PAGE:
Stihl rolls out the iMow

At J & I Power Equipment, the robotic mower is turning heads automatically.

Stihl's iMow brings the smart-home movement outdoors.

It might take a little getting used to, but there’s a new way to mow the lawn: the robotic way.

“My son thinks it great,” said Greg Longnecker, regarding the self-propelled, automatic, computer controlled iMow robotic lawn mower from Stihl. “Everyone is enamored with it.”

Longnecker is operations manager at J & I Power Equipment, a Stihl dealer in Olympia, Washington, where the new iMow started mowing the lawn at the store earlier this year, generating similar reactions from customers.

Longnecker is well-versed in the sales pitch. “You can throw your typical idea of lawn mowing out the window,” he said. “You set out the parameters and it just goes out and does it.”

Stihl threw its considerably weight into the category this year, joining brands including Husqvarna, Robomow and Worx. Stihl dealers must complete a three-day training program before they can retail the iMow, and the level of training they achieve helps deliver excellent installation service and service after the sale.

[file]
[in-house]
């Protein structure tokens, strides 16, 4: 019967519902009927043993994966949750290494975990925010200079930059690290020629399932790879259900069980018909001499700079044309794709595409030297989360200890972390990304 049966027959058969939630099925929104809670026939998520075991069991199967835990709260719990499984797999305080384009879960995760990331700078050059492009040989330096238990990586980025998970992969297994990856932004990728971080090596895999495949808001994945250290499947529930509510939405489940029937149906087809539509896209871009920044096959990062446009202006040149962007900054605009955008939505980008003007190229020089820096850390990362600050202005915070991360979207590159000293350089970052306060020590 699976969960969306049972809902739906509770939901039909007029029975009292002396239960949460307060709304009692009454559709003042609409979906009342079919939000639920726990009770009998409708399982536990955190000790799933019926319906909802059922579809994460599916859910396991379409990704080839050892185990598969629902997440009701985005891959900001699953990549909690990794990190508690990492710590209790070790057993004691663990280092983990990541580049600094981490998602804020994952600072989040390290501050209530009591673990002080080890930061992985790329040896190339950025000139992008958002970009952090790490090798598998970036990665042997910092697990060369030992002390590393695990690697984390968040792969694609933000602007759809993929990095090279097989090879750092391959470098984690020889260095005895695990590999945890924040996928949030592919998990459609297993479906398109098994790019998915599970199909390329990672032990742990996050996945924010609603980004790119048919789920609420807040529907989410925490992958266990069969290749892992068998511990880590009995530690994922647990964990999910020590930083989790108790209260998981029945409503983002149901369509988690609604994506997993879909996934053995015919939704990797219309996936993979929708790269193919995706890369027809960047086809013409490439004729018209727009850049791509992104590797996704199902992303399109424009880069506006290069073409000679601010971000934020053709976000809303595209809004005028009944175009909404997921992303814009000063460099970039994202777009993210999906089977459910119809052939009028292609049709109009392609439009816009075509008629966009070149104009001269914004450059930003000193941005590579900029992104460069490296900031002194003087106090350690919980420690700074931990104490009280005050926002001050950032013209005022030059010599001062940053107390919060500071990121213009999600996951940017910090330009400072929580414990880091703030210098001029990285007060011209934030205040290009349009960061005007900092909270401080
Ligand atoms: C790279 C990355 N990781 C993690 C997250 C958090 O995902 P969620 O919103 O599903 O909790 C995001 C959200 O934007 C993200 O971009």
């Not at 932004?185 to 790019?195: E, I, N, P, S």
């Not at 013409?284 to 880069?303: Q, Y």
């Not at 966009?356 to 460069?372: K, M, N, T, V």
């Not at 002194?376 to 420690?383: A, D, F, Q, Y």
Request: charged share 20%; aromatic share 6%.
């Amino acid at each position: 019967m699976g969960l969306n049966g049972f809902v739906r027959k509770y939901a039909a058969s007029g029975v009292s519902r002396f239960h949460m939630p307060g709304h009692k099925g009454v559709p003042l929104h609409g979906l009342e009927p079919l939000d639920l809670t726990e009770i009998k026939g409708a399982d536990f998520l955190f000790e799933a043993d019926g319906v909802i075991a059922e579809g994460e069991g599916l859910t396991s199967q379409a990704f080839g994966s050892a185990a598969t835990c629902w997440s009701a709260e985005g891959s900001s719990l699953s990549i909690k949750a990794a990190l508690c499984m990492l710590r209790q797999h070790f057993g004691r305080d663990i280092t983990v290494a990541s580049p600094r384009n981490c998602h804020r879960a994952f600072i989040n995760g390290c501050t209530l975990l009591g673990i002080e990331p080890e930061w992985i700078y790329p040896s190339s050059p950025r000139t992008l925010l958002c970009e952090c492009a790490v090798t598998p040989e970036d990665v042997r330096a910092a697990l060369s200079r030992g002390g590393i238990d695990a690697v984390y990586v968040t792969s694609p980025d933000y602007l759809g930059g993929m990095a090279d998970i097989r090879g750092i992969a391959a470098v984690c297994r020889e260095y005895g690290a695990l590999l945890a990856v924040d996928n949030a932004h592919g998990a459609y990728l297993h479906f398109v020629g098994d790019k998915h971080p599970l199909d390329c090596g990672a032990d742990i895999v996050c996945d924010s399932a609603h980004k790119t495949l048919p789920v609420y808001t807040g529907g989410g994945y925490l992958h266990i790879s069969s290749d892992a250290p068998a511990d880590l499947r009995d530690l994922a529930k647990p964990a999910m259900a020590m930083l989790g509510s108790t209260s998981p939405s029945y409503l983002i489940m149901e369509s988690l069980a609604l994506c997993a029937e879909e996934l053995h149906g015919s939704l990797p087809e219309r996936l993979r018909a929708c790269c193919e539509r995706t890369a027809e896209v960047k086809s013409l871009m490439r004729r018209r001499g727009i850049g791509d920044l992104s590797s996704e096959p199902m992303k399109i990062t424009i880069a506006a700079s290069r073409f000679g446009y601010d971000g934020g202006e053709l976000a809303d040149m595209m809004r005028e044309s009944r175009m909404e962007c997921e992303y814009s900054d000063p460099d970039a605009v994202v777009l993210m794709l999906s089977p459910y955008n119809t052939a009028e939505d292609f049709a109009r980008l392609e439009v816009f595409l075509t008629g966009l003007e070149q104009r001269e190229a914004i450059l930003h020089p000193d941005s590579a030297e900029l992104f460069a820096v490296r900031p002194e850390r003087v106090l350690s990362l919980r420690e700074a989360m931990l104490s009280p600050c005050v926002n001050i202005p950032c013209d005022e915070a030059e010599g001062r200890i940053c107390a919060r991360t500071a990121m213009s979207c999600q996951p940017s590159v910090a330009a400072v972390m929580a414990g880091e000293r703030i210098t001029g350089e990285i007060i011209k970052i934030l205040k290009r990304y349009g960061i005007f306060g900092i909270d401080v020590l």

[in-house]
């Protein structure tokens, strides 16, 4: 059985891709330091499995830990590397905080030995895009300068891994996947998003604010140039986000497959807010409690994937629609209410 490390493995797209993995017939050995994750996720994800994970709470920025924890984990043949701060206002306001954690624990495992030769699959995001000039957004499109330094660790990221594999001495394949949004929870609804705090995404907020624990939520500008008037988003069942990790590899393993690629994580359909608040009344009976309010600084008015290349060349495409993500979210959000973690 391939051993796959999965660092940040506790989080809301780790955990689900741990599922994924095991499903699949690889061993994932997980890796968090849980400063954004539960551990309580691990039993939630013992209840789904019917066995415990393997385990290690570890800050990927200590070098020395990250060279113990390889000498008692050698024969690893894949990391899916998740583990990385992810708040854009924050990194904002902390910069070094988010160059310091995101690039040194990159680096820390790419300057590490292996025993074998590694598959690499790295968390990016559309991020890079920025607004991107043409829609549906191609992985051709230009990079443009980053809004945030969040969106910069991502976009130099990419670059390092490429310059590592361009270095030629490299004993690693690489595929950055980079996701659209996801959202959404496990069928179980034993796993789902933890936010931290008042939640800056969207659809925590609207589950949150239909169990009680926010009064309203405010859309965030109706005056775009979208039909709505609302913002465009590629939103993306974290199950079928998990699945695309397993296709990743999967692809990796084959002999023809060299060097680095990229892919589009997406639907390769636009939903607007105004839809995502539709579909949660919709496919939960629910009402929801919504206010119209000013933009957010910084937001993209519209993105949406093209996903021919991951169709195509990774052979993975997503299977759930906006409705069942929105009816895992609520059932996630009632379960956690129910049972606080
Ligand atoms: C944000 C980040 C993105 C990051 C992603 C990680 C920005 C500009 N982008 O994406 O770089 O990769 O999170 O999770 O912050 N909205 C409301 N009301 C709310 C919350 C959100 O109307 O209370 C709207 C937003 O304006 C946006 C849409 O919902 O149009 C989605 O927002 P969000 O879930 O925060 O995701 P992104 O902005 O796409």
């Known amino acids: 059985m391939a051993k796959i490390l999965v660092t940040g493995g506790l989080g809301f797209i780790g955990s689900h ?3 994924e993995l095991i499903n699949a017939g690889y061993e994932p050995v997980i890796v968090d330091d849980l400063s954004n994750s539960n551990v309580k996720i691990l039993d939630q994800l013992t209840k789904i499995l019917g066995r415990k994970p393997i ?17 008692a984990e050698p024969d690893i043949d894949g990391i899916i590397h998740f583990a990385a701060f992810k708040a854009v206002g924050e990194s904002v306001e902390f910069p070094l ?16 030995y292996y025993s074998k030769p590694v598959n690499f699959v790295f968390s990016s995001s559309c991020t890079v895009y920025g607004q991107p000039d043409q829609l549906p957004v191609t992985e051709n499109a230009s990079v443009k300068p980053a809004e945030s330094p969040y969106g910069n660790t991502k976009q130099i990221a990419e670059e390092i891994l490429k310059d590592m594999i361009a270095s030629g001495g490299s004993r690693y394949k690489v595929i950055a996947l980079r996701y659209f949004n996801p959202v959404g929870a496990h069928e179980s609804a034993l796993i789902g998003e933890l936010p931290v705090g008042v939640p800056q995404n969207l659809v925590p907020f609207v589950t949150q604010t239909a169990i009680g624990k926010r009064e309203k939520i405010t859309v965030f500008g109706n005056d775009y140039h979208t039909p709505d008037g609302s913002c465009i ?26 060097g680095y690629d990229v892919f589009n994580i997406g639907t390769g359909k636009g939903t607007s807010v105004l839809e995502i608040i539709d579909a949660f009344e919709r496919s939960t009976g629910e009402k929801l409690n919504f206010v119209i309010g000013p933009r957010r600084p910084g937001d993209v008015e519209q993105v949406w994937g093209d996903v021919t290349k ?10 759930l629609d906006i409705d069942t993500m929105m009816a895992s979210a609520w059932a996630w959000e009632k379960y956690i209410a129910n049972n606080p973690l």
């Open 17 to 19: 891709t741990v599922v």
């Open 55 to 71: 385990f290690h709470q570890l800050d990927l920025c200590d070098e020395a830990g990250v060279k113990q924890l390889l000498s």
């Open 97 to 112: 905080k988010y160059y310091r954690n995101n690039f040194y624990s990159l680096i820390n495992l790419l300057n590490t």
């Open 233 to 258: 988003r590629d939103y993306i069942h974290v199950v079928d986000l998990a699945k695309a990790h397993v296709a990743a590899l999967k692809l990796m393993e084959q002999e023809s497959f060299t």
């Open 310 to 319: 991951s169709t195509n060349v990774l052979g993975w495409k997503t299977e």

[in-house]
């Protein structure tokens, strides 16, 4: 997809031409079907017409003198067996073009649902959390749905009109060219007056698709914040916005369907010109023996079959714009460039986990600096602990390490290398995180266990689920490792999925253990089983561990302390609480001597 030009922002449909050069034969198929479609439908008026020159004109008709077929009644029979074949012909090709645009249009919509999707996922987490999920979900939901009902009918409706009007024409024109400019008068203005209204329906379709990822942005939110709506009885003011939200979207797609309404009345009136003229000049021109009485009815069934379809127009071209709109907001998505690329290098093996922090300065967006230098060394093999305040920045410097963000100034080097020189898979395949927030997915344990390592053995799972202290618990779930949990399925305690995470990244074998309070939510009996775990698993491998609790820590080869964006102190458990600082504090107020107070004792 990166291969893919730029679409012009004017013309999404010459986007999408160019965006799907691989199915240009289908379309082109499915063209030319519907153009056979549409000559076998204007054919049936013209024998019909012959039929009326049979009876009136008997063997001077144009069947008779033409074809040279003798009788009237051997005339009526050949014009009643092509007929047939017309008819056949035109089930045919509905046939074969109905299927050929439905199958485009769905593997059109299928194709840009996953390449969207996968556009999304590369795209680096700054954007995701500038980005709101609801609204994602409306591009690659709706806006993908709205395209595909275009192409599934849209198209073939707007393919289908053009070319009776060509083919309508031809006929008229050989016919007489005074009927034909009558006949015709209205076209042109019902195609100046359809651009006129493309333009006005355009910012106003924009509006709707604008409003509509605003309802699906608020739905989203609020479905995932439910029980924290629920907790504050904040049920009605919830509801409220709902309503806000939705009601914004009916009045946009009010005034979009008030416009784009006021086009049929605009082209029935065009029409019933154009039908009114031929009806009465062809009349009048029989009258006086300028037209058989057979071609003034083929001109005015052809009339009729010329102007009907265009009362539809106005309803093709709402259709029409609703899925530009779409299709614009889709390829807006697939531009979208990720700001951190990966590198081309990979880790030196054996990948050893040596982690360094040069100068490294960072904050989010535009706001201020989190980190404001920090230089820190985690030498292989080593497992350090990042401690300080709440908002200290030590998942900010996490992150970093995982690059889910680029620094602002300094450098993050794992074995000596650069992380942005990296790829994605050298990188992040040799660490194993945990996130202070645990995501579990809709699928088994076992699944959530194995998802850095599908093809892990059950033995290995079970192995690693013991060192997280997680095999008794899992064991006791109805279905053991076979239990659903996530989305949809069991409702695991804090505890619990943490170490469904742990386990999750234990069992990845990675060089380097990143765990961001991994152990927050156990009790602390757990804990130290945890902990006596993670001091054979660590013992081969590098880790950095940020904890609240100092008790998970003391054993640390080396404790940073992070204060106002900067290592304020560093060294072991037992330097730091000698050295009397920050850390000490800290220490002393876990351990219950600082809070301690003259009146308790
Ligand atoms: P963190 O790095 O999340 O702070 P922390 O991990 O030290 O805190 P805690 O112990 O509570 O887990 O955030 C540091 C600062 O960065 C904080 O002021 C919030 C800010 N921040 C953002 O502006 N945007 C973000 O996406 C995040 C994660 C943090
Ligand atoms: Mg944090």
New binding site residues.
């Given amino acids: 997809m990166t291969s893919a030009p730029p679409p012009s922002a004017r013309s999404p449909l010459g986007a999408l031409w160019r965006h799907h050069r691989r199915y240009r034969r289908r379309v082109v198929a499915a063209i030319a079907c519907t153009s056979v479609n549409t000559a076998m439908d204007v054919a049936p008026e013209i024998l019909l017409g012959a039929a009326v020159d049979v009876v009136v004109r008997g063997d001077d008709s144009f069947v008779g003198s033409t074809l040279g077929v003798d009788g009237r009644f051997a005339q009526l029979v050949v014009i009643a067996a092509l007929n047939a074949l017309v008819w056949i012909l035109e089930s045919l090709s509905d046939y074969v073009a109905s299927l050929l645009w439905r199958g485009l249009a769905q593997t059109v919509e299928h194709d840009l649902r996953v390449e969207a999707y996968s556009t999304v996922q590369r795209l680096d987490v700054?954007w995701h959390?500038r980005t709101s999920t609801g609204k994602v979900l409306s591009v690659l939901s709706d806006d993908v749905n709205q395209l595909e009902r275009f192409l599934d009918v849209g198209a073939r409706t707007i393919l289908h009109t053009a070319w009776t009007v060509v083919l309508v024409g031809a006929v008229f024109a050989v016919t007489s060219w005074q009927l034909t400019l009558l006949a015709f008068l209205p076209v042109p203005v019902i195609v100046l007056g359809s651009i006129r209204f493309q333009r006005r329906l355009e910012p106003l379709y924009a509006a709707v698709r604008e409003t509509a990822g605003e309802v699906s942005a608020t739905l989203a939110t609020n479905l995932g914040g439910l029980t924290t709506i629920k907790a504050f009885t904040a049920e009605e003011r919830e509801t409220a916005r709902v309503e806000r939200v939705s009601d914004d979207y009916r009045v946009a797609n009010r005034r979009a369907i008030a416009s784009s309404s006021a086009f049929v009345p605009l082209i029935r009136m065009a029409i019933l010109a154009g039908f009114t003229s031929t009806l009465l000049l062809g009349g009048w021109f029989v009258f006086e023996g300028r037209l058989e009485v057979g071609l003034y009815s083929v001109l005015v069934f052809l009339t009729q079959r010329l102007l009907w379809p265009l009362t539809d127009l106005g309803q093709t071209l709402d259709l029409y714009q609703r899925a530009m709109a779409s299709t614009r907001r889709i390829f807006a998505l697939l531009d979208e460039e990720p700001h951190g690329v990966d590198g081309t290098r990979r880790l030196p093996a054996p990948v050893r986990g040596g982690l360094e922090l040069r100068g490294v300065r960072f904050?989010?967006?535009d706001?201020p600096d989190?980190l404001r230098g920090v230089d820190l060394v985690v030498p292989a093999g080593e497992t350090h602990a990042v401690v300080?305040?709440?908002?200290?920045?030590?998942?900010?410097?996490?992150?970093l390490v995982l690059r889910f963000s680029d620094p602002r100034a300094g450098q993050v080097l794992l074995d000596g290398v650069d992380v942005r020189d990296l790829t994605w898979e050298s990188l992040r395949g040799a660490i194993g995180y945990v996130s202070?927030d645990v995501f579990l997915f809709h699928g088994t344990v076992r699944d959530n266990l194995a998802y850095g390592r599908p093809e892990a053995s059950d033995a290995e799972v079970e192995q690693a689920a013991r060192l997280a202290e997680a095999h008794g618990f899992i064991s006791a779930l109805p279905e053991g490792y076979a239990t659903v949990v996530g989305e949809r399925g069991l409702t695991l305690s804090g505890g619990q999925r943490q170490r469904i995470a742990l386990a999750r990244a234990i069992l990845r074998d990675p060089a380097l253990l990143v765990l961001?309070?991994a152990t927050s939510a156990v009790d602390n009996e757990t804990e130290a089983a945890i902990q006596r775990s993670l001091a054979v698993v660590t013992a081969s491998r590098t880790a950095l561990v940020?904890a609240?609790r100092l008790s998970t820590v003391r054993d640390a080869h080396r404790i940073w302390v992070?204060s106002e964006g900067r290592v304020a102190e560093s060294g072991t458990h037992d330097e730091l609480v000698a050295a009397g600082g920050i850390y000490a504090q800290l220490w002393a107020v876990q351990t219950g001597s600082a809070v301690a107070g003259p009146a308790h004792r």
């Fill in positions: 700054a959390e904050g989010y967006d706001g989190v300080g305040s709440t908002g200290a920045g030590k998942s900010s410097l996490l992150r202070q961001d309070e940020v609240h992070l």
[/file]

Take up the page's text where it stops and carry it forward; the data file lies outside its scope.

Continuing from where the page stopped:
Stihl also brings some innovation to the product itself – for instance, it’s ground breaking steel blade. It also has auto-adjust mowing ability.  “Most if not all robotic mowers can be pre-programmed, but the STIHL iMow can make up for lost mowing time later in the week if you choose to delay mowing (e.g. if you’re having a lawn party and want the iMow to be docked or if you choose to not have the iMow run while it’s raining,” said a spokeswoman for the product.

It’s still early in the roll out phase for the iMow. Only about 10 dealers have it on the shelves currently. But according to Longnecker, the idea has legs, it will just take some education.

[See a video of the product in action here.]

The robotic mower is a high-end item. Stihl offers two versions: the RMI 422 P can mow up to a quarter acre, while the RMI 632 P can take on a full acre. The larger version sells for about $2,000, including a docking station. There is an additional cost for Installing a wired routing system (similar to an invisible fence for pets).

The benefits of the iMow, in addition to having a robot mow the lawn, include improved health of the grass. Because the iMow makes frequent passes over the turf, it cuts a small percentage of the grass blade, encouraging healthier, thicker grass.

Longnecker’s bottom line: “It will cut your mowing time down to zero.” 

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